I’m long enough in the tooth to rarely be surprised by politics, but next Thursday is shaping up to be a watershed in UK politics. Brown and Clegg are going to have a highly unpleasant period ahead of them. Their parties are going to be baying for blood.

  17. As Mike Smithson over on politicalbetting says a Rogue poll is one which shows an outcome you don’t want. ;)

  18. all polls this month average:

    CON 40.8% -2.3% on april

    LAB 23.8% -4.4% on april

    LD 18.0% -0.3% on april

    OTH 17.4% +7.0% on april

    note: labour did have a slight boost in the middle of may but fell back a week later, the lib dems are about steady and the conservatives have lost the soft vote but held the rest of there vote well, other are up 7% there bet in years at 17.4%

    at an election: my own seat predictions are now very much in line with this sites im only differant by 2 seats more to the tories at a majority of 118

  19. If this stays for next week (and apparently UKIP etc are about to get a battering over the next few days regarding their MEP’s of times past) – what odds a GE by August?

    Not in Mid – late July. I am in Italy and wouldn’t want to miss the fun!

  20. the tories are up because cameron looks like a prime minister and has taken action.

    nobody cares about duck canopies,but kitkats and bath plugs drive them insane

  21. Wow.

    Didn’t see that one coming. I thought the Tories would be in the mid to high 30s with Labour around 23 again.

    I agree with Jamie Smith’s explanation above though – since the expenses scandal broke, Cameron has looked like a PM and Brown has looked like … well, himself.

  22. Personally I’ve hardy even caught sight of Brown during most of this scandal! Alan Johnston had to step up and launch labours response to the crisis instead- things clearly are desperate

  23. Why the surprise about Tories back above 40%?

    Have we even seen Gordon Brown since the expenses stories came out? At the moment all the coverage is on Cameron and he’s doing very well. When his is the face people see on the news, and he is seen to be taking action, of course his support will go up.

  24. Cogload – the last GE in July or August was 1945, and that was very early July. You can enjoy your holiday in peace. September’s possible though….

  25. John Smith, you don’t need to find 1 in 5 for UKIP to make this true, though. More like 1 in 25, but who vote.

  26. Stuart Gregory

    On the figures you mention I have got a Con majority of 124 with Con 387 Lab 188 LD 44 Others 31.

    These figures are from Electoral Calculus.

    What do people think?

  27. I am a huge tory supporter but I’m surprised that they’re above 40% after all thats happended.

  28. The bnp will beat the greens no problem everyone i know is voting bnp

  29. richard whelan- i use all the big calculating names including this sites, the site and programe i use is election calculus, uk polling report and UK ELECT (uk elects closest site is uk polling report)

  30. I have just processed these figures through Electoral Calculus – 41, 21, 15 and they give the Tories a 190 majority, with Nick Clegg losing his seat in Sheffield Hallam!
    This is just more confirmation – if we need it, that Cameron becomes PM with a landslide majority.

  31. last night on here I predicted Con 41 Lab 23. So i’m feeling quite please with this ! Only ICM seem to be out of line with mostl other pollsters who are giving the Tories a lead of 16 / 20 points. As Phillip JW said earlier today it would be probably a good guide to deduct at least 3 points from the figure ICM have been giving Labour !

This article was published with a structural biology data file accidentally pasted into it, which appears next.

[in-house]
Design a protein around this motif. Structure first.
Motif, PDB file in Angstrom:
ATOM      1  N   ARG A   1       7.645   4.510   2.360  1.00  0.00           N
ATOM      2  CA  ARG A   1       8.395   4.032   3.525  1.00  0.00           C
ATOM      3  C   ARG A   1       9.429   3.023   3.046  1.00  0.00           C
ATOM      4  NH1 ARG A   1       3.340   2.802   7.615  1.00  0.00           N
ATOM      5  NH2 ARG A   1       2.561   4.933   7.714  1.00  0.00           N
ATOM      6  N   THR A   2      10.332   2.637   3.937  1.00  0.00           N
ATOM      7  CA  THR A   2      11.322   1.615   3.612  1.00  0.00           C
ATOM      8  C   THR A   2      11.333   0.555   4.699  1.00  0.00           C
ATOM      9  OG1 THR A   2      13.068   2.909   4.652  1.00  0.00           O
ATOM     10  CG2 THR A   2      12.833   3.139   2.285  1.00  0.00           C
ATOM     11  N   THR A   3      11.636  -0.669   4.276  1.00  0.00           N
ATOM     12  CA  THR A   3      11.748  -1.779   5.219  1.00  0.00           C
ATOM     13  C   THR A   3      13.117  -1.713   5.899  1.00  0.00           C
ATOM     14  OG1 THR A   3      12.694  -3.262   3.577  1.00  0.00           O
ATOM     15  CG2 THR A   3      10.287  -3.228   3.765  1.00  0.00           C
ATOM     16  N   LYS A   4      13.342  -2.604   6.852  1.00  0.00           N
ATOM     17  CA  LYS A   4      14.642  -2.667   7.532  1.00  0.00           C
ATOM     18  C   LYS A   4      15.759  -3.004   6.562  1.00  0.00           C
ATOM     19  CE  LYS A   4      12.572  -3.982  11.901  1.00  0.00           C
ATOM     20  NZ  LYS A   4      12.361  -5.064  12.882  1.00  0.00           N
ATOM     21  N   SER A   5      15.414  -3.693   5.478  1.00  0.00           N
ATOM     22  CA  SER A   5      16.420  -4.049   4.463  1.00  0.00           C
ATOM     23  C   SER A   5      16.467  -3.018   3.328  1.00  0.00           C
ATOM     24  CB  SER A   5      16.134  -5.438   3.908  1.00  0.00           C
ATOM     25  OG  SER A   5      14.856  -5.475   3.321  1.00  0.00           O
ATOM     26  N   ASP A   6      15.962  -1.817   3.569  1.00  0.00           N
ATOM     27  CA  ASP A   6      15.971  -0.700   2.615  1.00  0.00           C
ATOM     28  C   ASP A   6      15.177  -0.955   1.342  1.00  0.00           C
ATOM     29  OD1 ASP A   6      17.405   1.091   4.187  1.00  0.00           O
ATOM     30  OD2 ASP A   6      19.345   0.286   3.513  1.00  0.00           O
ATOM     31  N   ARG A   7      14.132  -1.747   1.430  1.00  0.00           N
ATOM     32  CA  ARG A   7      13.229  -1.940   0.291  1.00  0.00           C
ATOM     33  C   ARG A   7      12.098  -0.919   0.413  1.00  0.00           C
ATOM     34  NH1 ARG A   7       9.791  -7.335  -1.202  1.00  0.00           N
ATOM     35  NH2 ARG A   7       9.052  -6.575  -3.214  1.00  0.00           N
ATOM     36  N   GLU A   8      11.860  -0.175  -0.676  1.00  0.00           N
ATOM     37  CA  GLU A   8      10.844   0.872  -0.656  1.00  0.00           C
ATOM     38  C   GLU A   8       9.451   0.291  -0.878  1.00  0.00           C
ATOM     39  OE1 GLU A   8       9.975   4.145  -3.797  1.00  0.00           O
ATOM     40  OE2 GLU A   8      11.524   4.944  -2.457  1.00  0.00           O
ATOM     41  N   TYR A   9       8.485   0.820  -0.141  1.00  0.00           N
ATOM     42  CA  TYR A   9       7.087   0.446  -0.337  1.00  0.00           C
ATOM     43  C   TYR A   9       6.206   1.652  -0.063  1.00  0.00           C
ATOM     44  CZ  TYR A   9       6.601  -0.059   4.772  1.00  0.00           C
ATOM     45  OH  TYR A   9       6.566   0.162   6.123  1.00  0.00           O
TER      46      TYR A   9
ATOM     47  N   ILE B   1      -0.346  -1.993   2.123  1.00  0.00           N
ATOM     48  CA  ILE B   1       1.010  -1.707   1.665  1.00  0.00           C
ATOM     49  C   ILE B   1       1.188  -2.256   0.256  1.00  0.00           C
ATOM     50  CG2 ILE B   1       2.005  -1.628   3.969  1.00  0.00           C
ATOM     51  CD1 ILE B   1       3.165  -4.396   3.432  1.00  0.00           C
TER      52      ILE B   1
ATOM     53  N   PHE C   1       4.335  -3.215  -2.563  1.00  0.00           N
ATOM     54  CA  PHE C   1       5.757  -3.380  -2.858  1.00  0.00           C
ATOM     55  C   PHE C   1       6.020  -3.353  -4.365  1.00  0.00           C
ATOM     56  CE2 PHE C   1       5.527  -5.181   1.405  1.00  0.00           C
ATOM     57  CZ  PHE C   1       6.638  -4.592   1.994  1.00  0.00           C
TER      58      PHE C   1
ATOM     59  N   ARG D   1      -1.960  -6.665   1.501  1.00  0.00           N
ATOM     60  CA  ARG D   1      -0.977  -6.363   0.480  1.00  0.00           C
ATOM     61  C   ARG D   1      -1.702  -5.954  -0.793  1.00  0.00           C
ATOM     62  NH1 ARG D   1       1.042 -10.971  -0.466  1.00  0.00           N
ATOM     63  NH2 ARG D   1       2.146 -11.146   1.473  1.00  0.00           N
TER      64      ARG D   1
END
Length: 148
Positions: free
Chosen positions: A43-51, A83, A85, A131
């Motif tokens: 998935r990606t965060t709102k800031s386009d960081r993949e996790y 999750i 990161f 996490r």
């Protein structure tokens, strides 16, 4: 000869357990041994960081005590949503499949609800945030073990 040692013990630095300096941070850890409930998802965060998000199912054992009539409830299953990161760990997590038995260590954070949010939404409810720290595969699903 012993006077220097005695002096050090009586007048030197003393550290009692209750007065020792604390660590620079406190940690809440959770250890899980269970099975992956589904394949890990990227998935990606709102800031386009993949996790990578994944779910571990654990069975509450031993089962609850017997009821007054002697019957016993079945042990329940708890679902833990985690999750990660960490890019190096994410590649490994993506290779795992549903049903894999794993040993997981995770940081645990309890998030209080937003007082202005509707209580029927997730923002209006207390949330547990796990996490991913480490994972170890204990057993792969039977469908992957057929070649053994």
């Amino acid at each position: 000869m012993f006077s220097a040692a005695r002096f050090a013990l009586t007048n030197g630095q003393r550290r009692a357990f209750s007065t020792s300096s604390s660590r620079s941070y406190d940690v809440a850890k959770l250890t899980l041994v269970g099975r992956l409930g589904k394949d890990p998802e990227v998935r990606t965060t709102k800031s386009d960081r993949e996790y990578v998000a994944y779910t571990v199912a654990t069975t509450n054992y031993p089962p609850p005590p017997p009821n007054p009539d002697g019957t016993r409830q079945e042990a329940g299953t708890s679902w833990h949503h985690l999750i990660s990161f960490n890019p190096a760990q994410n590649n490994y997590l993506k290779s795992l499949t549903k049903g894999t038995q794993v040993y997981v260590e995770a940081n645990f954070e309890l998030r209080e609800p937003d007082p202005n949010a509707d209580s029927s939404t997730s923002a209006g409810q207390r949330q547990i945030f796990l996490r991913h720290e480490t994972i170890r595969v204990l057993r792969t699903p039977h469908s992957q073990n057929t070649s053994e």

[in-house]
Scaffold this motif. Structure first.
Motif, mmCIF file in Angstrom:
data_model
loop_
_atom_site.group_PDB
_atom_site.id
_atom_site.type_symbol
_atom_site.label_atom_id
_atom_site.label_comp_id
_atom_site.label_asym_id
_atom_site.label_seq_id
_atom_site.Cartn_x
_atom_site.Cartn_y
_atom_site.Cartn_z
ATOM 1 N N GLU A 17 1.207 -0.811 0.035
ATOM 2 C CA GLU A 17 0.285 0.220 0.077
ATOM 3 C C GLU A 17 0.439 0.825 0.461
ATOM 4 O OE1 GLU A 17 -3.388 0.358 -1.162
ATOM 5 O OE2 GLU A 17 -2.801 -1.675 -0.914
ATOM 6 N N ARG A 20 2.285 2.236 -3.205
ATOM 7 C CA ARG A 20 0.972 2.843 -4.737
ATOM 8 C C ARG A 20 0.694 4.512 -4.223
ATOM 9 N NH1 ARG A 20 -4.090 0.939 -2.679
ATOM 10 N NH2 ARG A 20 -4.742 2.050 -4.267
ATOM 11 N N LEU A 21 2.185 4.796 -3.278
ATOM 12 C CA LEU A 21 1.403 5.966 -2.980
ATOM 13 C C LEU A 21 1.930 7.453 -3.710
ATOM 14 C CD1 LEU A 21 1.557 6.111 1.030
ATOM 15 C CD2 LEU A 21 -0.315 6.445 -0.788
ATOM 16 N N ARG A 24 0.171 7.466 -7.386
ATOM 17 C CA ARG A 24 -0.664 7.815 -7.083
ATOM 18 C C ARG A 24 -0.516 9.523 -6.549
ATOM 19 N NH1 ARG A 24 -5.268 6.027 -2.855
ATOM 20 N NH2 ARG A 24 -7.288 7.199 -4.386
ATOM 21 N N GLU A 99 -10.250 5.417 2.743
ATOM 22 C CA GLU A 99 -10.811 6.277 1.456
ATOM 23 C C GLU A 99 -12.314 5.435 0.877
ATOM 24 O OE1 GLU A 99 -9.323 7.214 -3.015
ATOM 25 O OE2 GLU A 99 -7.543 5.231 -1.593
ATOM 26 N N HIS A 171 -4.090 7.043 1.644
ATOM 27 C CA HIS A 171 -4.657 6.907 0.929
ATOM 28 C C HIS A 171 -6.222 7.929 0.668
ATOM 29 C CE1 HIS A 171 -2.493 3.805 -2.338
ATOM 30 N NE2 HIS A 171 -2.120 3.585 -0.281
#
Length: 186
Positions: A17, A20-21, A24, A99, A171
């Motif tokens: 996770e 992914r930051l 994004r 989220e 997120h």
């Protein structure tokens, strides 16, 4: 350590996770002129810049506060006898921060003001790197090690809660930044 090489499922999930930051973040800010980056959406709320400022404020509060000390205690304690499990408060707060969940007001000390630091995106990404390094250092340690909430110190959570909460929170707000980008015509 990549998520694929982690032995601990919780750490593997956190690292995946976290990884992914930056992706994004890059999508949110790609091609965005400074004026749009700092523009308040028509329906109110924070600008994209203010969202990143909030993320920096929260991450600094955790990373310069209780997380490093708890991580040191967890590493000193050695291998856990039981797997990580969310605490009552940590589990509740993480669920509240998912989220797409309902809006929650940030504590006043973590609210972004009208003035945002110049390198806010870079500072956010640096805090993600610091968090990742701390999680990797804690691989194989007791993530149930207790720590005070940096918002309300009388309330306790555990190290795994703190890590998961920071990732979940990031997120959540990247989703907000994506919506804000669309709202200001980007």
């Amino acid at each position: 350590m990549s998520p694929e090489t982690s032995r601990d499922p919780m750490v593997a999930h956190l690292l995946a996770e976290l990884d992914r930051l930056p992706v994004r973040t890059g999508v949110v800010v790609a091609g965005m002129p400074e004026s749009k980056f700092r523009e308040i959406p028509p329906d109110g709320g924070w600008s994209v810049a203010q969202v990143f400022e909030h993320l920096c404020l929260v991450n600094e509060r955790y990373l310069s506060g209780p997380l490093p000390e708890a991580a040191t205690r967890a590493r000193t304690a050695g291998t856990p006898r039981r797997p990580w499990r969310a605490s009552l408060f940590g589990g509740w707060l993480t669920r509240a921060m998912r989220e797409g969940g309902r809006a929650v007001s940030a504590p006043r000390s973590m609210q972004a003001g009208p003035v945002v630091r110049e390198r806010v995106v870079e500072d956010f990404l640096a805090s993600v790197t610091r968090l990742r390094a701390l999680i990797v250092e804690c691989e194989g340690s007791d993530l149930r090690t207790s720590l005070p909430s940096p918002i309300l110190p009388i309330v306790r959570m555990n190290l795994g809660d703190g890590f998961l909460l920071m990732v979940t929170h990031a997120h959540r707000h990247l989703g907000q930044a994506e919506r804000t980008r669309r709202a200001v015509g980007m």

32. Couldn’t the explanation for the Tories’ unexpectedly high proportion be that pollsters only count those who say they are certain or very likely to vote? I suspect that the number of prospective abstentions may have risen dramatically. Thus the Tories have 41% of not very many. So their total vote may well fall, even though their percentage goes up.
    As the only opposition party with a realistic chance of toppling the government, they will attract many voters who just think it is time for a change.

  33. Tories at 40%? The answer is simple: the majority of the flipping, tax “avoidance” (allegedly) and funny mortgages have come from the government. Can’t most people see that? I think so.

  34. I think all of us on here guzzle too much of the media coverage. Perhaps Joe Public takes a more detached view?

  35. Speculation. I am wondering whether this is a case of another Labour campaign theme that misses the target. In Crewe & Nantwich, the Labour theme was “Tory toffs”. It missed the target, and the Labour campaign never went anywhere. This time, Labour appeared to have decided on a theme of “Tories retreating from Europe” Again, the theme appears to have missed the target and their campaign seems to be going nowhere. The Blairite ability to find themes that resonate with the public seems to be totally missing from the resident of No 10. Would this be regained with Johnson or Harman?

  36. I rather agree with Jon. We do go on about media coverage too much.

    Let’s take the Greens (I know, partisan), but they have not had nearly as much press as one would expect, I mean, the Greens have got the backing of Joanna Lumley and it has not been widely reported, not on the scale of Frank Carson backing UKIP or Ms. Rantzen backing the Jury Team. Yet, they are on 10% in the polls. I would put this down to the visible presence Greens have had on the ground in their target areas.

    Onto the BNP, whilst there has been much negative coverage in the press, they have appeared in the media almost daily with Nick Griffin appearing on the BBC much more so than Caroline Lucas or Nigel Farage, yet look at their poll ratings. Groups like Hope Not Hate and Unite Against Fascism have been out on the streets and have maintained a visible presence in calling for a ‘no’ vote on the BNP. I think this counts for something.

    Voters tend to remember if they’ve been visited by a member from a particular party. In my area of Sussex we have County Council elections, I have had not one leaflet on these elections from any of the parties standing in my ward (Con-hold, Lib Dem and Lab), so I will not be voting in the County Council elections. They obviously don’t see my vote as being worth it, or they would have made the effort. This could be true to many voters, if they have no idea who is standing, they may not vote. Somehow I expect the number of votes cast in local elections would be far, far lower than votes for the Euro elections.